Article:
Every year in Hampshire there are more than 30 000 reports of domestic abuse, making it the largest reported crime in the county. Official statistics show that it accounts for 15% of all recorded crime nationally and affects nearly 2 million people each year. These numbers are stubbornly high, and we know that they are also the tip of the iceberg, because the true figures are concealed by chronic underreporting.
I was therefore alarmed to see local Police figures report an unexplained fall in reported cases of domestic abuse. There is no evidence that Basingstoke is bucking national trends, so I am concerned that this change is likely to be explained by a decline in the reporting of domestic abuse incidents. This is backed up by a recent survey conducted by the Borough Council; when asked, over half of Basingstoke residents said they would not know where to seek support if they were experiencing domestic abuse.
In truth North Hampshire has no shortage of expert support, knowledgeable employers, safe place scheme participants and more. So, ahead of the summer holidays – a period where year after year we see a spike in domestic abuse incidents - I have teamed up with Hampshire-based charity, Stop Domestic Abuse to help make sure more people are aware of the significant amount of support available to victims.
Over the next 6 weeks, I am working with local charities, businesses, schools, community groups, the police, and many others who already do so much to support victims, to raise awareness of the different forms of domestic abuse, the many different people it can affect, and the ways victims in Basingstoke can get help. Acknowledging the importance of dealing with the root causes of domestic abuse, I will also signpost the support available to perpetrators.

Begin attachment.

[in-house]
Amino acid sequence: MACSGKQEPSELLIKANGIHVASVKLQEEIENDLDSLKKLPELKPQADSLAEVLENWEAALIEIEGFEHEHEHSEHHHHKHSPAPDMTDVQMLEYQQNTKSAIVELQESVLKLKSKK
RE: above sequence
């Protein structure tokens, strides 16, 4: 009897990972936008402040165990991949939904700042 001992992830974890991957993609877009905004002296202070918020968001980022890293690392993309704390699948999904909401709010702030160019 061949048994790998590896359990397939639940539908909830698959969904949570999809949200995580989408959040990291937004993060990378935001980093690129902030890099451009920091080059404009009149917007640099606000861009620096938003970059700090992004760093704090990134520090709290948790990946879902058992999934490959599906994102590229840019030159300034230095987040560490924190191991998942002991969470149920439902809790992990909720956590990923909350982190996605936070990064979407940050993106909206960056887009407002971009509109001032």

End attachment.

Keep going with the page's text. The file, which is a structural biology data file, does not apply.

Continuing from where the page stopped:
Nowhere in the world has put more in place to tackle domestic abuse than the UK. In 2021 Parliament passed landmark legislation to better define domestic abuse, emphasising forms of abuse other than just physical, creating a Domestic Abuse Commissioner, requiring all local authorities to provide emergency refuge accommodation for victims and making violence against women and girls a strategic policing requirement. I had the privilege to chair the cross-Parliament scrutiny of this new legislation and know that it is well supported across political parties, experts, and charities.
These new measures are important, but legislative change alone is never enough. We must make people aware of the changes, the new law, and the extra support services in place. Too often people suffer in silence, not knowing where to turn to for help. Working with the experts, this campaign is designed to make sure people are aware of the assistance on offer in our town, ensuring they have the confidence to seek help if they need it.
To keep up to date with the awareness raising campaign that I have developed with Stop Domestic Abuse, Hampshire Constabulary and the Police and Crime Commissioner, keep an eye out for posters around Basingstoke and please follow me on Facebook and Twitter.
All of us have a responsibility to end domestic abuse. Let’s make a start this summer.